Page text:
Phillies need better bats for NLCS

 Posted by at 7:19 pm
Oct 112010
Phillies 1B Ryan Howard

Phillies 1B Ryan Howard

October 11 Philadelphia Daily News columnist Paul Hagen:

“So the Phillies disposed of the Reds, almost without breaking a sweat. They remain the hottest team on the planet, having won an amazing 37 of their last 44 games. That’s an .841 winning percentage, kids, an almost incomprehensible number over such an extended period of time.

Which makes the National League Championship Series seem like little more than a formality, doesn’t it? Just looking at their dominance for the last 6 weeks makes it difficult to imagine either the Giants or Braves being much more than a minor inconvenience standing between the team that once again sprayed champagne last night and earned a third straight trip to the World Series.

It isn’t that easy, of course. And one number stands out like a red, blinking warning signal against overconfidence after a 2-0 win touched off yet another clubhouse celebration, this one at Great American Ball Park.

Their NLDS team batting average: .212.

“I’m never disappointed as long as a W comes out of it,” insisted manager Charlie Manuel. “That’s our main objective. I also watched the game and I saw some well-hit balls. I also saw here we just missed some balls. We had a few on the end of the bat that were just below the fat part of the bat. Like if we had’ve hit ’em a little better, we could have gotten something out of it. That’s what I saw.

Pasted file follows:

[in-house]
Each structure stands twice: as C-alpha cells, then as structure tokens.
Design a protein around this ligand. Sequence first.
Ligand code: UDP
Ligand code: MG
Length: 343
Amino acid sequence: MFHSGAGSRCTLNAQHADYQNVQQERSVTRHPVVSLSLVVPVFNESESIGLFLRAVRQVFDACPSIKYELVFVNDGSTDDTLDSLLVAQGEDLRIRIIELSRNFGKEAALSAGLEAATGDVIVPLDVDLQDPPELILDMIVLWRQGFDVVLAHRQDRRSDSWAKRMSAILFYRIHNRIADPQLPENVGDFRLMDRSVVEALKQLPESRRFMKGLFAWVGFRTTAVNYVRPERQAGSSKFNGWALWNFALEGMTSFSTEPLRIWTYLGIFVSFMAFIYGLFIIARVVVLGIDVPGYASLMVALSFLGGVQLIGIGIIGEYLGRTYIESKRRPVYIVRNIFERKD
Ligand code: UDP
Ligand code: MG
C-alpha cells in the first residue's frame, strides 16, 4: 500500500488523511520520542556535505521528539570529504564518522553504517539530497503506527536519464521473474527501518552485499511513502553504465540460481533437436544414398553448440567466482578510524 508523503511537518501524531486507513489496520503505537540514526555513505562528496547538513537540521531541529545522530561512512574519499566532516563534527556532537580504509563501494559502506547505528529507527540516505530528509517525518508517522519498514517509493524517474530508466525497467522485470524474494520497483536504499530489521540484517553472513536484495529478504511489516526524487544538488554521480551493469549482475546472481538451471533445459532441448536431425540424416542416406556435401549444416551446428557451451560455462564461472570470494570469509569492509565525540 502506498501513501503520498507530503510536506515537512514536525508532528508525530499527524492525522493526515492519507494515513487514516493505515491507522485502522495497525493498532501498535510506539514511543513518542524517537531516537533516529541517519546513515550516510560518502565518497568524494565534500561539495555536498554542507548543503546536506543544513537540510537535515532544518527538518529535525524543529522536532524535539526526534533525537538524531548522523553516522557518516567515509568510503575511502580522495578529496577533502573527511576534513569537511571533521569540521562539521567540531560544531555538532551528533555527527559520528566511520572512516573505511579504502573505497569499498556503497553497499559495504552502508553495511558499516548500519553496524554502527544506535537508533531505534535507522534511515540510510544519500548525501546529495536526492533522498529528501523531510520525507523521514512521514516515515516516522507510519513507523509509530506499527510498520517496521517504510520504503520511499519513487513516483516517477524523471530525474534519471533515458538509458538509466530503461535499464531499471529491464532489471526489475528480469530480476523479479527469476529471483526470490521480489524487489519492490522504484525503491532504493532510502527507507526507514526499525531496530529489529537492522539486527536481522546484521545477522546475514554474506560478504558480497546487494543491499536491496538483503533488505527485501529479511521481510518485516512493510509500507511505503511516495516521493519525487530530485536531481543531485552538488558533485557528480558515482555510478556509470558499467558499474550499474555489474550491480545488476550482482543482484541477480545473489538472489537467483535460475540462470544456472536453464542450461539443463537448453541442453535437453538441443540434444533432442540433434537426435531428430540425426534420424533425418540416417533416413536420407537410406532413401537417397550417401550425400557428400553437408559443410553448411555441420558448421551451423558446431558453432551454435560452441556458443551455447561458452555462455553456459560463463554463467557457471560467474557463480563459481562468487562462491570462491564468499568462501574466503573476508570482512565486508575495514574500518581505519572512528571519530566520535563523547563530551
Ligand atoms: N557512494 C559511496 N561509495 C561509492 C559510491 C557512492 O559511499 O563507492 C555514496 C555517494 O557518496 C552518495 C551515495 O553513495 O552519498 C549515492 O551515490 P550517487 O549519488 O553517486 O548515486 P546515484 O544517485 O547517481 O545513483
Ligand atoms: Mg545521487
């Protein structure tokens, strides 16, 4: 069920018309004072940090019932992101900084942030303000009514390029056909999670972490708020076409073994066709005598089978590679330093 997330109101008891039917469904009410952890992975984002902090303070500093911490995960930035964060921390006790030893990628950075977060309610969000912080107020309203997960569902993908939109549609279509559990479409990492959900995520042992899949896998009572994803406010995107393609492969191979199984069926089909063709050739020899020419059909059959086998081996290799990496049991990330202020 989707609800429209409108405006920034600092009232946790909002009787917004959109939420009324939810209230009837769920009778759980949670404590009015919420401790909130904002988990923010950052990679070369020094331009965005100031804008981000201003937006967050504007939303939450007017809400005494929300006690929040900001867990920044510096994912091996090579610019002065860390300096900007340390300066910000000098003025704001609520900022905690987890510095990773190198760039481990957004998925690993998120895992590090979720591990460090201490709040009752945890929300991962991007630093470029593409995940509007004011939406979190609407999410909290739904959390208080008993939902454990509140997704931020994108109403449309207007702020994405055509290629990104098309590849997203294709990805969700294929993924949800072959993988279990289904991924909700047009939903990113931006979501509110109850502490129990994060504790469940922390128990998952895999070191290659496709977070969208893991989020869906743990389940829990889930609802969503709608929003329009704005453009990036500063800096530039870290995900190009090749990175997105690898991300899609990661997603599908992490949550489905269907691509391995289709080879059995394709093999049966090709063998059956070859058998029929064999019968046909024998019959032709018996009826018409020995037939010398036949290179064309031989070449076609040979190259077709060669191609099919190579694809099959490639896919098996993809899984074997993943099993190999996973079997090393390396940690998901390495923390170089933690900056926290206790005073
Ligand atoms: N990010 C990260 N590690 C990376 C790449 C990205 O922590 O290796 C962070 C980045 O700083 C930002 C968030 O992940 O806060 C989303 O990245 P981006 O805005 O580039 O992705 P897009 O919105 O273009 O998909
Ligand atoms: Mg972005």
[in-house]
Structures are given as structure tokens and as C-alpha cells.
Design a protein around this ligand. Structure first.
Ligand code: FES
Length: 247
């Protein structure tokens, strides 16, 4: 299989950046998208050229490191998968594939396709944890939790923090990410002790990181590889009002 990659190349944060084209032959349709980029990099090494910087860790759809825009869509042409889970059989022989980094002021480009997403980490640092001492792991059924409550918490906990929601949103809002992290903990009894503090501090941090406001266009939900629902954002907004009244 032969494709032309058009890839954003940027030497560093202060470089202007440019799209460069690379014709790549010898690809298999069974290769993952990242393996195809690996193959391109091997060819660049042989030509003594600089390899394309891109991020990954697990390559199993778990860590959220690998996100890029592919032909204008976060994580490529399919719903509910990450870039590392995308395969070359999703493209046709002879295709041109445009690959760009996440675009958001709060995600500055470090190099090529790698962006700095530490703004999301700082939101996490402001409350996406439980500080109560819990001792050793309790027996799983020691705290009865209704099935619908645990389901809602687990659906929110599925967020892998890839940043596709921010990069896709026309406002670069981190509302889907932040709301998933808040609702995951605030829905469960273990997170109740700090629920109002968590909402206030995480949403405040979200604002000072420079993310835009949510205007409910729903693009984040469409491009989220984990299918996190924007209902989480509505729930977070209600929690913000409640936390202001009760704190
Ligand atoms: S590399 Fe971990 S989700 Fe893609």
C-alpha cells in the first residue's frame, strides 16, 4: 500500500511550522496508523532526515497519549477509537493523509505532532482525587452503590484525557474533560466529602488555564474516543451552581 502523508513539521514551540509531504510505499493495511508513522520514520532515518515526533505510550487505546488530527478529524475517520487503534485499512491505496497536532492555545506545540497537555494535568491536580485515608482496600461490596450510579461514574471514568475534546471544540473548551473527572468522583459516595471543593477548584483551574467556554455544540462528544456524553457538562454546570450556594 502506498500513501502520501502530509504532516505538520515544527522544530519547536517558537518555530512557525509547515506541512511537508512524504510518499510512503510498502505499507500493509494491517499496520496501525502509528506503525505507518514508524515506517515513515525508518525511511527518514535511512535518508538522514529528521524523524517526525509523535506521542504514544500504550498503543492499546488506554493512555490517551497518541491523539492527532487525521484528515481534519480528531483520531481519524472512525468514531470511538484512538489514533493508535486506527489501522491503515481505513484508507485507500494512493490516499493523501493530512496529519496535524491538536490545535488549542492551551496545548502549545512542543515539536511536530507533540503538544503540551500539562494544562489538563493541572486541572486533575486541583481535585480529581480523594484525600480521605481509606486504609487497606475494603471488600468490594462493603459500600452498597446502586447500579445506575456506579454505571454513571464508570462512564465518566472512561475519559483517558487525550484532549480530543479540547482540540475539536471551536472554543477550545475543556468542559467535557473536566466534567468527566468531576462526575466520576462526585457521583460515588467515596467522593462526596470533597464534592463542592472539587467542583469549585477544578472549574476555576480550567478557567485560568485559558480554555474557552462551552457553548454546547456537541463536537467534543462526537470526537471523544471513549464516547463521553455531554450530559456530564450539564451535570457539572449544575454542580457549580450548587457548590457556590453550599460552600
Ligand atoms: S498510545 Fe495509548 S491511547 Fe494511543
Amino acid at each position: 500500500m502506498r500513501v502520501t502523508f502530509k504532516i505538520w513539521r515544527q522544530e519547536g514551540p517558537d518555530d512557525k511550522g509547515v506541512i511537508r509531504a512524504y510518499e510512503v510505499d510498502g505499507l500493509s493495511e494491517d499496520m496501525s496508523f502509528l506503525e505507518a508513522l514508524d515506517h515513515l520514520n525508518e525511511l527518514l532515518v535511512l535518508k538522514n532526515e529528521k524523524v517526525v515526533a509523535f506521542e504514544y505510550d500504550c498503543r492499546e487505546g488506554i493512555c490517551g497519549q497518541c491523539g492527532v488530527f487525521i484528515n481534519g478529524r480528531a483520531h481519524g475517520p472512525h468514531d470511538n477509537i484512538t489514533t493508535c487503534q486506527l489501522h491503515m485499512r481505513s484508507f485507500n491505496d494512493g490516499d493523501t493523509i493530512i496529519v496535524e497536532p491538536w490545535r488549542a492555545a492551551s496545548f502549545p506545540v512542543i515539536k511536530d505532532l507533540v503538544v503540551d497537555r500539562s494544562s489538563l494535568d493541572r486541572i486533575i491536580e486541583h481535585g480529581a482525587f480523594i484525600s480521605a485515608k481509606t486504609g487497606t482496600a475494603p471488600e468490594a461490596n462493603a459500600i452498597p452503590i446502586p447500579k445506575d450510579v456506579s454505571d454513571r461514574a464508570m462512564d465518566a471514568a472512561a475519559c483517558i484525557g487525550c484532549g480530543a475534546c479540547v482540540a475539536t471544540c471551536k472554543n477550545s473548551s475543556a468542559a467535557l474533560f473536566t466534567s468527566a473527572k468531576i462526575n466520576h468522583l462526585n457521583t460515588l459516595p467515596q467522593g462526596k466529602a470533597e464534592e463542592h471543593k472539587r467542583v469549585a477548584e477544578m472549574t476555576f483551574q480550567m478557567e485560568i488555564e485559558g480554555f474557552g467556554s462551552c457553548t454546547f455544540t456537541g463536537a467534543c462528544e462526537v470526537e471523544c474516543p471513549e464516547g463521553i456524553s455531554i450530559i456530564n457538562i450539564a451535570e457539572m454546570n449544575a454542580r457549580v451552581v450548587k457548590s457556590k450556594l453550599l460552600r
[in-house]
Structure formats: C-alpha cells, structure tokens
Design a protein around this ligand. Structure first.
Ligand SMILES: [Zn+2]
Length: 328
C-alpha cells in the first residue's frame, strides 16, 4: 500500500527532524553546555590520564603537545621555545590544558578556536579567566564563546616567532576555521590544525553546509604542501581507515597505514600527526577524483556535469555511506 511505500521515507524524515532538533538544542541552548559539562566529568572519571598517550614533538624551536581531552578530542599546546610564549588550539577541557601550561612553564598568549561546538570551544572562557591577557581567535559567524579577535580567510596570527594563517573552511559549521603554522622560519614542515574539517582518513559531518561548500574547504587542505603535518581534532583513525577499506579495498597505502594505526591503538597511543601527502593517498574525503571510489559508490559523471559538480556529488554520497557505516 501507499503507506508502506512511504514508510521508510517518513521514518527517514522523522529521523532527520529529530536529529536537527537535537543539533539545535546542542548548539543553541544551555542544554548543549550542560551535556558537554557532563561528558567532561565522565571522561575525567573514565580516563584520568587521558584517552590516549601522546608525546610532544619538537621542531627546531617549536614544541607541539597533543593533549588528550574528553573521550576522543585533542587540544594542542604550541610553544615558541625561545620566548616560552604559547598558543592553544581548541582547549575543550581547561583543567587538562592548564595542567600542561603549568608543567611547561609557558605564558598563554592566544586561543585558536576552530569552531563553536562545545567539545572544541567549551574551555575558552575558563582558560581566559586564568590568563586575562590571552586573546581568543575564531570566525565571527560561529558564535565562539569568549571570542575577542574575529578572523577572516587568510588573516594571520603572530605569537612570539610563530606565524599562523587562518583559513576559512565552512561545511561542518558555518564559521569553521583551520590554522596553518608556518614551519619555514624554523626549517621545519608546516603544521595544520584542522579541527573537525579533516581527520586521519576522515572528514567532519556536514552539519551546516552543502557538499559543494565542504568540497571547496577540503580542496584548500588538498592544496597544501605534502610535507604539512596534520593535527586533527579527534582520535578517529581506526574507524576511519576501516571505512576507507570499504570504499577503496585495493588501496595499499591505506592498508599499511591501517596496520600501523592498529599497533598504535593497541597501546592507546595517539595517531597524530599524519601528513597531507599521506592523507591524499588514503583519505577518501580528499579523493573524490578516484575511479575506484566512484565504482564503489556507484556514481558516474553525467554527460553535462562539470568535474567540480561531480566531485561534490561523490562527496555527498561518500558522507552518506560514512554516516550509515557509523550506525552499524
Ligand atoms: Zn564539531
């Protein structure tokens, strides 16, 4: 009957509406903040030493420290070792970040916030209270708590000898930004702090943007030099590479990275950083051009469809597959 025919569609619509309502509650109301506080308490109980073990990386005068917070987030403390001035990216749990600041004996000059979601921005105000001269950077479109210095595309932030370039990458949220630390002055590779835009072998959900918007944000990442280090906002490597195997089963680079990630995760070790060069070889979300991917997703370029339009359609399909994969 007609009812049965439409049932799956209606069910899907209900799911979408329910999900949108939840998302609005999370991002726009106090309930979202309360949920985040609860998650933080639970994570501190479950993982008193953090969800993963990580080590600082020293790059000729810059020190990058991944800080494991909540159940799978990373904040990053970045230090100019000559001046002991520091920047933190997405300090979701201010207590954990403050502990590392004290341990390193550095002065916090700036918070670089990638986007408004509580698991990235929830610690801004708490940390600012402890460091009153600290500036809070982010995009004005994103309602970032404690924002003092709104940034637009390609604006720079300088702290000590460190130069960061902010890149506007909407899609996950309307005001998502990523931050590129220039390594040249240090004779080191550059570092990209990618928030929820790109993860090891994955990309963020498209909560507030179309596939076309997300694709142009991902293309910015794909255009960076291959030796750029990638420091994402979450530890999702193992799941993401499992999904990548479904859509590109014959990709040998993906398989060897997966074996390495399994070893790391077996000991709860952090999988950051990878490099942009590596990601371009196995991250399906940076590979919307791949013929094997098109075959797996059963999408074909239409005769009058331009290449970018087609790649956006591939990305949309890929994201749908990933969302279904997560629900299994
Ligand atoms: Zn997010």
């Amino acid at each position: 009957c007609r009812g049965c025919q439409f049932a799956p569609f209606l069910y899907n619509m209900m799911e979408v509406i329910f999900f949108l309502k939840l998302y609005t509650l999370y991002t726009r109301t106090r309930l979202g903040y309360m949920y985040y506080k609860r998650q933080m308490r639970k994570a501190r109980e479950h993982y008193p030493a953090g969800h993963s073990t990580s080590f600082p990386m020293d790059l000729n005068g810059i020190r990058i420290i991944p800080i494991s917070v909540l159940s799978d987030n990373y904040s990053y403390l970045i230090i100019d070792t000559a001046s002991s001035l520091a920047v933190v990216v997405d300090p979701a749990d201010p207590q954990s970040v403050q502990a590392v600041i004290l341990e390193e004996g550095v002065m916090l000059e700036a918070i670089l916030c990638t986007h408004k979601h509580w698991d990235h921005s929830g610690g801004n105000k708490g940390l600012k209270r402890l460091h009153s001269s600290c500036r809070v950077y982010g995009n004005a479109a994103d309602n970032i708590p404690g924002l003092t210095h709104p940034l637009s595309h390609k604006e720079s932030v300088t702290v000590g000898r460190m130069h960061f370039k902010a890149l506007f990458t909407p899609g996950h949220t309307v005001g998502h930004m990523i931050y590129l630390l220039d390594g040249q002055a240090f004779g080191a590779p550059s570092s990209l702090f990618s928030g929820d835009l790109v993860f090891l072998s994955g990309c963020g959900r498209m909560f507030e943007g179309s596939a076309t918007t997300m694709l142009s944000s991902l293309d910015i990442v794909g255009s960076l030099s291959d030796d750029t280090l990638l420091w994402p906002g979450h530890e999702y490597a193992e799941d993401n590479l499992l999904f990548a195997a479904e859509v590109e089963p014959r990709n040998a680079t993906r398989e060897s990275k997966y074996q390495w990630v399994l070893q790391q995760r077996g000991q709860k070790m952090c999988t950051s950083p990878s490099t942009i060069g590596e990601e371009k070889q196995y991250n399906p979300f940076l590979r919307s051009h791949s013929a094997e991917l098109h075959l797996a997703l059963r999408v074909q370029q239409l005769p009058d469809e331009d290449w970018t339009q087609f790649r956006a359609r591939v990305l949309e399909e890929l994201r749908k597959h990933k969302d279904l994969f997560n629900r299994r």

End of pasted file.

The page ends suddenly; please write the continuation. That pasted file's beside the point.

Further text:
“Do I want us to score some more runs? Of course. And we’re definitely very capable of it. I’m always positive. When we start [hitting], somebody is in trouble. That’s how I look at it. We’re going to start sooner or later and when we start getting ’em, we’ll take care of things.

It didn’t really matter in the first round because their pitching was so good and the Reds’ defense was so bad – eight errors that helped account for six unearned runs.

They have to believe they can count on their pitching to remain a strength. They can’t rely on the largesse of their next opponent, though.

This is a team that has made a remarkable transition in just one season from a lineup that clubs the other team into submission to one that is capable of throwing a shutout on any given night.

Nothing is a given, especially at this time of year. On paper, though, they appear perfectly set up to advance.

If they play the Braves, this is a team they beat five out of six times in the last 2 weeks of the season when the games mattered more to Atlanta than to them. If they play the Giants, they meet a team that has had trouble scoring runs against even mediocre pitching this season. Likely they wouldn’t need to score as often to win.

Still, no matter who they play, they probably are going to need a little more help from the bats next time around.”

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